LSU’s pitching is hot, the team is even hotter and freshman shortstop Alex Bregman might as well be hitting on the sun.
But Columbia, Mo., where the Tigers open a three-game series with Missouri at Taylor Field tonight, can be a cold, cold place this time of year.
Last weekend it snowed in drifts on campus.
That stuff is not in the forecast for the Tigers’ first-ever baseball trip to the SEC newcomer, but it could still be chilly, with temperatures down in the low 40s tonight.
While LSU has never played at Missouri, although the two Tigers did tangle in Baton Rouge twice back in 1986 and 1987, with LSU winning both.
LSU coach Paul Mainieri did drive through the campus one time while coaching at Notre Dame, but has never coached a game there either.
“I think we’re well prepared for whatever happens (with the weather),” Mainieri said. “We’ve played so many games in chilly weather this year — what was it, 36 degrees at game time against Brown? I told the guys after that game, I promise you Columbia, Missouri won’t be any colder than this.”
It should warm up some for the Saturday and Sunday 1 p.m. games, with the Saturday game televised by Fox Sports.
Second-ranked LSU (23-2, 5-1 SEC) has won 17 of its last 18, has matched the best start in school history (also done in 1986 and 1997) and needs two straight wins to break it.
Missouri (9-12, 2-4) is coached by Tim Jamieson, a former teammate of Mainieri’s when both were at the University of New Orleans in the 1970s.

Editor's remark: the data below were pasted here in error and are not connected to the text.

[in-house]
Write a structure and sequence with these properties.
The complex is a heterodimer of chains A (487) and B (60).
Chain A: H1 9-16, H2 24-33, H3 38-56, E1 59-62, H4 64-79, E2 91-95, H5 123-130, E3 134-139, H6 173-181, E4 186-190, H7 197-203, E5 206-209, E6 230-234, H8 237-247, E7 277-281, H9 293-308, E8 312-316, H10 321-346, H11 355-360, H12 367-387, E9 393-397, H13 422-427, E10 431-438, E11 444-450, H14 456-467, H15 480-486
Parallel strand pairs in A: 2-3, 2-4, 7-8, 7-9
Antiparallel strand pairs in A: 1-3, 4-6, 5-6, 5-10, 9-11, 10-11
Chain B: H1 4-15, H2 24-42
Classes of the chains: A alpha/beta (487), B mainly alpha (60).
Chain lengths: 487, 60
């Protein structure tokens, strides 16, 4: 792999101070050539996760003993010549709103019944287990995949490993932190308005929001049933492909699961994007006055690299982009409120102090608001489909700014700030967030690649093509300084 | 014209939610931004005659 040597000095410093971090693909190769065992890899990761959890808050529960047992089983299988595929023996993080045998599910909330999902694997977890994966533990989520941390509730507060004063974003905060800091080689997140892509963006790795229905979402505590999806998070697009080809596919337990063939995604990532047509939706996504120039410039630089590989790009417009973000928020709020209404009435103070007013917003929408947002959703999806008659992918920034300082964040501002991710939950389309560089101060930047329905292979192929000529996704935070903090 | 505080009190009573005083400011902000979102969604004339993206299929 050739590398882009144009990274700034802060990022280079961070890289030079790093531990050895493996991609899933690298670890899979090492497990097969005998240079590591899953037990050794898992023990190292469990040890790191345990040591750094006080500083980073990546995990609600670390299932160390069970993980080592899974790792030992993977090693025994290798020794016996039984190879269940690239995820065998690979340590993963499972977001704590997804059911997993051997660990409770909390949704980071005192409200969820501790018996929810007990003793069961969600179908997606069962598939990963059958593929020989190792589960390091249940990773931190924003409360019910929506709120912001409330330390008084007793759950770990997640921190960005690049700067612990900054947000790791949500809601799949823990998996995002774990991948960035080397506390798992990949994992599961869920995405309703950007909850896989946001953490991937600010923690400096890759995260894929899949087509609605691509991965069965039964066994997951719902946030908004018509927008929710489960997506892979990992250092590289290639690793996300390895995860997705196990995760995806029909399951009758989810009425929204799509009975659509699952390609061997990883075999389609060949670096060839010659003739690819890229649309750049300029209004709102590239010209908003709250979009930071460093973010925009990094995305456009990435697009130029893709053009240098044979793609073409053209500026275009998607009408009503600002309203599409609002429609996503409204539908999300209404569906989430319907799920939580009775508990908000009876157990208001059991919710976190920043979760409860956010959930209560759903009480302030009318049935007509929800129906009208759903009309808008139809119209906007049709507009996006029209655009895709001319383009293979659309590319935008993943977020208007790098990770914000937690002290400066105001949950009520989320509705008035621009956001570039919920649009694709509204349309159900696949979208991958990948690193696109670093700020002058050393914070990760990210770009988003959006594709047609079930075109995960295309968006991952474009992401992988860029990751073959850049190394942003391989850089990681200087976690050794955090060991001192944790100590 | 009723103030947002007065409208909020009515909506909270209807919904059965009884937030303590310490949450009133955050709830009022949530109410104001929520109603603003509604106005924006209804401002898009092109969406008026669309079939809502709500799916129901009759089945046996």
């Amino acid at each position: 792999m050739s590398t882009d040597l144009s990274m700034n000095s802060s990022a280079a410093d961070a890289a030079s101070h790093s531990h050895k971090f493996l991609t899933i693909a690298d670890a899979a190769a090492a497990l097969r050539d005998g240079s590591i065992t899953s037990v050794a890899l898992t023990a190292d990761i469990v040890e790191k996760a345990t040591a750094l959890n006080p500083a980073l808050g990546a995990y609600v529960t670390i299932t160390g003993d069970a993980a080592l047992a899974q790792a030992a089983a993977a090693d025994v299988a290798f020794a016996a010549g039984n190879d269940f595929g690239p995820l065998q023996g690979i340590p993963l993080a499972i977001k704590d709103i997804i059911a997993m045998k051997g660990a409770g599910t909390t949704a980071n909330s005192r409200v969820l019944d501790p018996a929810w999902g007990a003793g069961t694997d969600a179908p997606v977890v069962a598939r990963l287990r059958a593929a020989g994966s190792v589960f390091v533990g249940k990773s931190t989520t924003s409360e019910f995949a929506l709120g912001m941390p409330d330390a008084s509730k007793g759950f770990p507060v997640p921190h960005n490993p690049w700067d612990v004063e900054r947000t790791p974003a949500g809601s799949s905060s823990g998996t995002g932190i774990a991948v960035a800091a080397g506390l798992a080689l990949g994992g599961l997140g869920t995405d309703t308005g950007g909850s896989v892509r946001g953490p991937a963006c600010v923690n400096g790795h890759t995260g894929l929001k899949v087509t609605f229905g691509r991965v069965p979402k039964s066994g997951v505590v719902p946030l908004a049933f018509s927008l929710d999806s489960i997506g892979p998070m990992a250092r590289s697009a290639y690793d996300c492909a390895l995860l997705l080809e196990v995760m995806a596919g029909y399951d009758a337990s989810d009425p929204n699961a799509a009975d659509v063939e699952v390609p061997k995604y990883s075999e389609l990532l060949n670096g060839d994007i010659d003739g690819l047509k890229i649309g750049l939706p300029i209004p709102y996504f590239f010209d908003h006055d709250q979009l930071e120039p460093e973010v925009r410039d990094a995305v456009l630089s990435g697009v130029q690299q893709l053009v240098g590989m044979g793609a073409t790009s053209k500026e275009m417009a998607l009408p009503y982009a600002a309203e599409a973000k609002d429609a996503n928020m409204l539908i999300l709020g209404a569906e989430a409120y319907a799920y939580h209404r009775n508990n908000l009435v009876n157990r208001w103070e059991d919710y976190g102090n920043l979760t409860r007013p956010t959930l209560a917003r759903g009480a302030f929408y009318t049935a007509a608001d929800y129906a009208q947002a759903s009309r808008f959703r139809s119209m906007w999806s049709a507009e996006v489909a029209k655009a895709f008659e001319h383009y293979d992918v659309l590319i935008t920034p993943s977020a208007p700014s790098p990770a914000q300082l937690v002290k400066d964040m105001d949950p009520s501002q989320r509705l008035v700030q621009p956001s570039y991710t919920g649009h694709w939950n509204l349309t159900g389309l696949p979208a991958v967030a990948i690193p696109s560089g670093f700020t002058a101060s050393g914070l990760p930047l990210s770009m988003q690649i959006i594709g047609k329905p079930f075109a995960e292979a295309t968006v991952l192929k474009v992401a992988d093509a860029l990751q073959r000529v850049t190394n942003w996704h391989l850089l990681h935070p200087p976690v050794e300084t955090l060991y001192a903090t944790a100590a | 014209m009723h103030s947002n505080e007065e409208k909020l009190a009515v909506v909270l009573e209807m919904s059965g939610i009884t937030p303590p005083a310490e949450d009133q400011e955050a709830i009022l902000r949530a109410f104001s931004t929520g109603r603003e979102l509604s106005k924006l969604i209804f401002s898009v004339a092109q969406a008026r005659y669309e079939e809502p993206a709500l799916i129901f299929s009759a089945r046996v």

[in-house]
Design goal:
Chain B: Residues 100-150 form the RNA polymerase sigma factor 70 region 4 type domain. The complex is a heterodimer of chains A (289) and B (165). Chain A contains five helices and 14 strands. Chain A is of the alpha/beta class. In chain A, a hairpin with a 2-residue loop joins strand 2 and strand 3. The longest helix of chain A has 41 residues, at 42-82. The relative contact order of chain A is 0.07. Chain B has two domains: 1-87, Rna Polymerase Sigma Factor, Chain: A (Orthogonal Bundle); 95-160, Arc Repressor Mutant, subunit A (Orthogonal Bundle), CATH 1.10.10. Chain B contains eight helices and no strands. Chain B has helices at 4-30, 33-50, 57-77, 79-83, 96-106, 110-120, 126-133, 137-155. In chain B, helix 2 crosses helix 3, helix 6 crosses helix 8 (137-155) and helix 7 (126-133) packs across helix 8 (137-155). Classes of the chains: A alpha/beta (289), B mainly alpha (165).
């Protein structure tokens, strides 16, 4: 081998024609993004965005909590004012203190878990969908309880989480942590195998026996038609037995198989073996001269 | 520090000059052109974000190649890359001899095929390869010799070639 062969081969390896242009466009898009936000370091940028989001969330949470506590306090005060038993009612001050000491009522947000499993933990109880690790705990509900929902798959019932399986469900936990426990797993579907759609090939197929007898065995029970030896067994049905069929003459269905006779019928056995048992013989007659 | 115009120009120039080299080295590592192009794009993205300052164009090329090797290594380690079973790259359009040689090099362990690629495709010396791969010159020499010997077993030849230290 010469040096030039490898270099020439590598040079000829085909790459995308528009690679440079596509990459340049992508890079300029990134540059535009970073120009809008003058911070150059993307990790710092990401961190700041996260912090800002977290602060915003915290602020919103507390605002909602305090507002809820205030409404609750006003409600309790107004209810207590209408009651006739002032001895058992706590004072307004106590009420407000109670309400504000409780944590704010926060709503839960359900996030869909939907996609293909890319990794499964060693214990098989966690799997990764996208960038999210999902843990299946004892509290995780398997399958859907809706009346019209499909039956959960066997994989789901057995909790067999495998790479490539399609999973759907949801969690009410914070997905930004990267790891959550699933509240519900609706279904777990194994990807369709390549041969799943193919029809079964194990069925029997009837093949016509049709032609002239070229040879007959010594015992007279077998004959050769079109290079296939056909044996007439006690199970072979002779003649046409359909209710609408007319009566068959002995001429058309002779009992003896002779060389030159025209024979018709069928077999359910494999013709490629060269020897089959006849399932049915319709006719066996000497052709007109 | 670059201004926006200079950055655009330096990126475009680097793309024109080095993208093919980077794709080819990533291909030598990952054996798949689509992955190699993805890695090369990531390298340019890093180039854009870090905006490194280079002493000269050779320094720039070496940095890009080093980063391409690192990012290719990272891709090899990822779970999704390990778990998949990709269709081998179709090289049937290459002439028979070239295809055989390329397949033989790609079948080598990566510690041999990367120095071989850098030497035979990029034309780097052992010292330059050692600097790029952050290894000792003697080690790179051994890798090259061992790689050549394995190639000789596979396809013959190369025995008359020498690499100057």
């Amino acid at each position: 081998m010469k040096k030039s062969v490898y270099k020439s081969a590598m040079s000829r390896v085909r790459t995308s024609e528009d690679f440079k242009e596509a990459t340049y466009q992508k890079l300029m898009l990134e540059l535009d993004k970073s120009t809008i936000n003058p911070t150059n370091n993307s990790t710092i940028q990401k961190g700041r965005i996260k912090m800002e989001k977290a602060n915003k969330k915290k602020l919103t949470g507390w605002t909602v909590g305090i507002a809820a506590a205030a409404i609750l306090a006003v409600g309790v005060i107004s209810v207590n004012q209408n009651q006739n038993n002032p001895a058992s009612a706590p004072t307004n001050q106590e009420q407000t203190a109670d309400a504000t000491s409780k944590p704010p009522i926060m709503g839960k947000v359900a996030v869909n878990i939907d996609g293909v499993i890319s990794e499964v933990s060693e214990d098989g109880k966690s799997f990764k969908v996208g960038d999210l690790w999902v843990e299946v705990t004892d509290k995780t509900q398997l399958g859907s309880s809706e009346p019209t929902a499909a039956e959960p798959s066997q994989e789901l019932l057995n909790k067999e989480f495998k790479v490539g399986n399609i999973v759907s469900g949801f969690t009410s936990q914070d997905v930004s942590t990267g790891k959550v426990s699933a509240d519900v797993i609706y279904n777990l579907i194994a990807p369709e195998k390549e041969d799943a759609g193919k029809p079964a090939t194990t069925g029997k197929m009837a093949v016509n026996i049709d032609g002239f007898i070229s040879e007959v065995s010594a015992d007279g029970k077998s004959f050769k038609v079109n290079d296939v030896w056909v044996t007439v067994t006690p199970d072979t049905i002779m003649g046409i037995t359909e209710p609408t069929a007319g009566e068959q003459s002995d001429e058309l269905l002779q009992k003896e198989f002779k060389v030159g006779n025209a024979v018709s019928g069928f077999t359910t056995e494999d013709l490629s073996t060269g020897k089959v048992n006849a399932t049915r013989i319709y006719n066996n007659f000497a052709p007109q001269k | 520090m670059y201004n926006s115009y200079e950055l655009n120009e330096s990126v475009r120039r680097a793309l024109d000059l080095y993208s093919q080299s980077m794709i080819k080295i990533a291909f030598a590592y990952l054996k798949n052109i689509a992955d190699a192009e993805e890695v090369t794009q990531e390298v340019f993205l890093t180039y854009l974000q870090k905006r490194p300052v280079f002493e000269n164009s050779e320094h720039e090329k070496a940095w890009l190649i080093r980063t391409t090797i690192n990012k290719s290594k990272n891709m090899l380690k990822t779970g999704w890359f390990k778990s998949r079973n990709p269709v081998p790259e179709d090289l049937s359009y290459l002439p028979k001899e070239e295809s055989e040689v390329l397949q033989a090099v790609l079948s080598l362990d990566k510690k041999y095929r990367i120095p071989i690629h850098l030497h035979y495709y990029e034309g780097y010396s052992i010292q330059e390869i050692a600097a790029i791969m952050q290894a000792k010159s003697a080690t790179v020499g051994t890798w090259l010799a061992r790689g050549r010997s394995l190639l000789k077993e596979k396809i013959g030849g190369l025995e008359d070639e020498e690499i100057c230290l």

“I know we’ll be ready to play,” Mainieri said.
A lot of it has to do with a pitching staff that has now gone 51 straight innings without giving up more than a single run in any inning.
“That’s something that we preach to our pitchers,” Mainieri said. “If you keep them from putting up a crooked number up on the board, then you’re OK. We take a lot of pride in pitching in the clutch.”
Missouri will try to cool off the red-hot Bregman, who already had four straight three-hit games before running that streak to five with a 4-for-4 night against Tulane Tuesday.
He has raised his average to .443.
“It’s not fake. This kid works harder than anybody I’ve ever seen,” Mainieri said. “And he doesn’t strut around like a prima dona. He’s so unassuming, but the kid believes in himself and he’s got that confidence that he wants to be the one up there at the plate.
“He has a great aura, he just carries himself like a major leaguer.”